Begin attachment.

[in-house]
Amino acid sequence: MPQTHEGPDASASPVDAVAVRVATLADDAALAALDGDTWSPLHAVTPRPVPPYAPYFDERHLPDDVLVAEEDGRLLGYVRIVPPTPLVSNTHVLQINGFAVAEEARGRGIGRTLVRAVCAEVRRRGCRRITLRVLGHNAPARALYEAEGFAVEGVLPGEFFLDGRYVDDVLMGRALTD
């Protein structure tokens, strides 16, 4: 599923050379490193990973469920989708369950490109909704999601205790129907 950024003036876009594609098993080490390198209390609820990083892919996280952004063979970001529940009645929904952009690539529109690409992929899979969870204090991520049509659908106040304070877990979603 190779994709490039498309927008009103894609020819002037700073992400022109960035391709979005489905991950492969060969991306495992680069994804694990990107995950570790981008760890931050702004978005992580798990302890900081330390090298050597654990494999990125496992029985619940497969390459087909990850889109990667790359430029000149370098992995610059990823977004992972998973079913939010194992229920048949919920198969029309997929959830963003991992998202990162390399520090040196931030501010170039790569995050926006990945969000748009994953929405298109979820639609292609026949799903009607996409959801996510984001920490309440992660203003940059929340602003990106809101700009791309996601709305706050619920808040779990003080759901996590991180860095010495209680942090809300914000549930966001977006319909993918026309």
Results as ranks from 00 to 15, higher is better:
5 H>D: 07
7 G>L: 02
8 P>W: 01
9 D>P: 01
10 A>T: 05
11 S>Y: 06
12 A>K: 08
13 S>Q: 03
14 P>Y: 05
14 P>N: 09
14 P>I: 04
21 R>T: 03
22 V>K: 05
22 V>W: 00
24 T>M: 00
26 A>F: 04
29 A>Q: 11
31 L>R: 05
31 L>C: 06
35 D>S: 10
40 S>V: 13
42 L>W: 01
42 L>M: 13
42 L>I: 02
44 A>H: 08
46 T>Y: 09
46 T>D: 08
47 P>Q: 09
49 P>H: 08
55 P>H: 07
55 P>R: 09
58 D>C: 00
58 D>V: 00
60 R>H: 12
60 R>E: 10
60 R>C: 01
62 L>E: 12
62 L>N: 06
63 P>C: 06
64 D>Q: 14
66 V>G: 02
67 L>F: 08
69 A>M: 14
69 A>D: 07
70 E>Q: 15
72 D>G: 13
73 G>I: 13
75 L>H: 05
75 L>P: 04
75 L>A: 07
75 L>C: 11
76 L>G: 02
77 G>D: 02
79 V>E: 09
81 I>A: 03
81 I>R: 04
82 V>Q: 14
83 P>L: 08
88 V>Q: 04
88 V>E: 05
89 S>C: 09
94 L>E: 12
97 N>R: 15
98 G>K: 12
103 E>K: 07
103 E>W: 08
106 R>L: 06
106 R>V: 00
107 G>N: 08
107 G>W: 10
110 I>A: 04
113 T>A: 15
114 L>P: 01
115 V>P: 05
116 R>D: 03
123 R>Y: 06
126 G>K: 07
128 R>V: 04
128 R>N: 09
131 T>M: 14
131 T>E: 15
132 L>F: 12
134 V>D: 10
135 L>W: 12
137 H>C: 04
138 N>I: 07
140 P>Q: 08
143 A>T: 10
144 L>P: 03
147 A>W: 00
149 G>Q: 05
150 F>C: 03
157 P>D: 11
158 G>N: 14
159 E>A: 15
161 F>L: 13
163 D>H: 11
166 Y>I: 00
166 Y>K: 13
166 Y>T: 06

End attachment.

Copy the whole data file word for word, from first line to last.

[in-house]
Amino acid sequence: MPQTHEGPDASASPVDAVAVRVATLADDAALAALDGDTWSPLHAVTPRPVPPYAPYFDERHLPDDVLVAEEDGRLLGYVRIVPPTPLVSNTHVLQINGFAVAEEARGRGIGRTLVRAVCAEVRRRGCRRITLRVLGHNAPARALYEAEGFAVEGVLPGEFFLDGRYVDDVLMGRALTD
């Protein structure tokens, strides 16, 4: 599923050379490193990973469920989708369950490109909704999601205790129907 950024003036876009594609098993080490390198209390609820990083892919996280952004063979970001529940009645929904952009690539529109690409992929899979969870204090991520049509659908106040304070877990979603 190779994709490039498309927008009103894609020819002037700073992400022109960035391709979005489905991950492969060969991306495992680069994804694990990107995950570790981008760890931050702004978005992580798990302890900081330390090298050597654990494999990125496992029985619940497969390459087909990850889109990667790359430029000149370098992995610059990823977004992972998973079913939010194992229920048949919920198969029309997929959830963003991992998202990162390399520090040196931030501010170039790569995050926006990945969000748009994953929405298109979820639609292609026949799903009607996409959801996510984001920490309440992660203003940059929340602003990106809101700009791309996601709305706050619920808040779990003080759901996590991180860095010495209680942090809300914000549930966001977006319909993918026309």
Results as ranks from 00 to 15, higher is better:
5 H>D: 07
7 G>L: 02
8 P>W: 01
9 D>P: 01
10 A>T: 05
11 S>Y: 06
12 A>K: 08
13 S>Q: 03
14 P>Y: 05
14 P>N: 09
14 P>I: 04
21 R>T: 03
22 V>K: 05
22 V>W: 00
24 T>M: 00
26 A>F: 04
29 A>Q: 11
31 L>R: 05
31 L>C: 06
35 D>S: 10
40 S>V: 13
42 L>W: 01
42 L>M: 13
42 L>I: 02
44 A>H: 08
46 T>Y: 09
46 T>D: 08
47 P>Q: 09
49 P>H: 08
55 P>H: 07
55 P>R: 09
58 D>C: 00
58 D>V: 00
60 R>H: 12
60 R>E: 10
60 R>C: 01
62 L>E: 12
62 L>N: 06
63 P>C: 06
64 D>Q: 14
66 V>G: 02
67 L>F: 08
69 A>M: 14
69 A>D: 07
70 E>Q: 15
72 D>G: 13
73 G>I: 13
75 L>H: 05
75 L>P: 04
75 L>A: 07
75 L>C: 11
76 L>G: 02
77 G>D: 02
79 V>E: 09
81 I>A: 03
81 I>R: 04
82 V>Q: 14
83 P>L: 08
88 V>Q: 04
88 V>E: 05
89 S>C: 09
94 L>E: 12
97 N>R: 15
98 G>K: 12
103 E>K: 07
103 E>W: 08
106 R>L: 06
106 R>V: 00
107 G>N: 08
107 G>W: 10
110 I>A: 04
113 T>A: 15
114 L>P: 01
115 V>P: 05
116 R>D: 03
123 R>Y: 06
126 G>K: 07
128 R>V: 04
128 R>N: 09
131 T>M: 14
131 T>E: 15
132 L>F: 12
134 V>D: 10
135 L>W: 12
137 H>C: 04
138 N>I: 07
140 P>Q: 08
143 A>T: 10
144 L>P: 03
147 A>W: 00
149 G>Q: 05
150 F>C: 03
157 P>D: 11
158 G>N: 14
159 E>A: 15
161 F>L: 13
163 D>H: 11
166 Y>I: 00
166 Y>K: 13
166 Y>T: 06